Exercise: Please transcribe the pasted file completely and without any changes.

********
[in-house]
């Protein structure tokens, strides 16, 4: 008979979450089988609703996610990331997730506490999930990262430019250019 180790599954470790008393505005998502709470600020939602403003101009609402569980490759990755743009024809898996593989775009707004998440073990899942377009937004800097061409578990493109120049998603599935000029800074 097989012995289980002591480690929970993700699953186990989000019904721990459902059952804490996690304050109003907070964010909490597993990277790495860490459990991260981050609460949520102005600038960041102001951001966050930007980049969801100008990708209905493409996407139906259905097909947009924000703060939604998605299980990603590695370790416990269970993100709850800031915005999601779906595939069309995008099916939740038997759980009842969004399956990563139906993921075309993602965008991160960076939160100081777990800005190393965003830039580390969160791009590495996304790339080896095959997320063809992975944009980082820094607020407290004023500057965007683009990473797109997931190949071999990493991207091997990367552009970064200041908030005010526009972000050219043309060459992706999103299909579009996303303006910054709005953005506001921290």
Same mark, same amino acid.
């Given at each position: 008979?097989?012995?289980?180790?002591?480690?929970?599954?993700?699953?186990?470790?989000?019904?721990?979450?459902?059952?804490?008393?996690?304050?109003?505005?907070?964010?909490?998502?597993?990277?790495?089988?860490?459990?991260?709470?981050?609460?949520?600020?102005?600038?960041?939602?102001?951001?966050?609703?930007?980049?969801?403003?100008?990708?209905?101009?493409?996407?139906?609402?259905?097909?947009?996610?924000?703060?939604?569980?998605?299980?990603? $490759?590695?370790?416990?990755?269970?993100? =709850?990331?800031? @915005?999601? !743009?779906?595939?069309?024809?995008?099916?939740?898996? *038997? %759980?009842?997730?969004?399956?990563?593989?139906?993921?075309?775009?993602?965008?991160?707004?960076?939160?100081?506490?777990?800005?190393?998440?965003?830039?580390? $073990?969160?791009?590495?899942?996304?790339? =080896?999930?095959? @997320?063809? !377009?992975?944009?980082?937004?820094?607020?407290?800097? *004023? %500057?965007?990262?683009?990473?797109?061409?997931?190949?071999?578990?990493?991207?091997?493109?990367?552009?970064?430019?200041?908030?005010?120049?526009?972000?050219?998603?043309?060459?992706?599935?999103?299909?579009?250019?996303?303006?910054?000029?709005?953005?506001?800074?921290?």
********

[in-house]
């Protein structure tokens, strides 16, 4: 008979979450089988609703996610990331997730506490999930990262430019250019 180790599954470790008393505005998502709470600020939602403003101009609402569980490759990755743009024809898996593989775009707004998440073990899942377009937004800097061409578990493109120049998603599935000029800074 097989012995289980002591480690929970993700699953186990989000019904721990459902059952804490996690304050109003907070964010909490597993990277790495860490459990991260981050609460949520102005600038960041102001951001966050930007980049969801100008990708209905493409996407139906259905097909947009924000703060939604998605299980990603590695370790416990269970993100709850800031915005999601779906595939069309995008099916939740038997759980009842969004399956990563139906993921075309993602965008991160960076939160100081777990800005190393965003830039580390969160791009590495996304790339080896095959997320063809992975944009980082820094607020407290004023500057965007683009990473797109997931190949071999990493991207091997990367552009970064200041908030005010526009972000050219043309060459992706999103299909579009996303303006910054709005953005506001921290």
Same mark, same amino acid.
């Given at each position: 008979?097989?012995?289980?180790?002591?480690?929970?599954?993700?699953?186990?470790?989000?019904?721990?979450?459902?059952?804490?008393?996690?304050?109003?505005?907070?964010?909490?998502?597993?990277?790495?089988?860490?459990?991260?709470?981050?609460?949520?600020?102005?600038?960041?939602?102001?951001?966050?609703?930007?980049?969801?403003?100008?990708?209905?101009?493409?996407?139906?609402?259905?097909?947009?996610?924000?703060?939604?569980?998605?299980?990603? $490759?590695?370790?416990?990755?269970?993100? =709850?990331?800031? @915005?999601? !743009?779906?595939?069309?024809?995008?099916?939740?898996? *038997? %759980?009842?997730?969004?399956?990563?593989?139906?993921?075309?775009?993602?965008?991160?707004?960076?939160?100081?506490?777990?800005?190393?998440?965003?830039?580390? $073990?969160?791009?590495?899942?996304?790339? =080896?999930?095959? @997320?063809? !377009?992975?944009?980082?937004?820094?607020?407290?800097? *004023? %500057?965007?990262?683009?990473?797109?061409?997931?190949?071999?578990?990493?991207?091997?493109?990367?552009?970064?430019?200041?908030?005010?120049?526009?972000?050219?998603?043309?060459?992706?599935?999103?299909?579009?250019?996303?303006?910054?000029?709005?953005?506001?800074?921290?």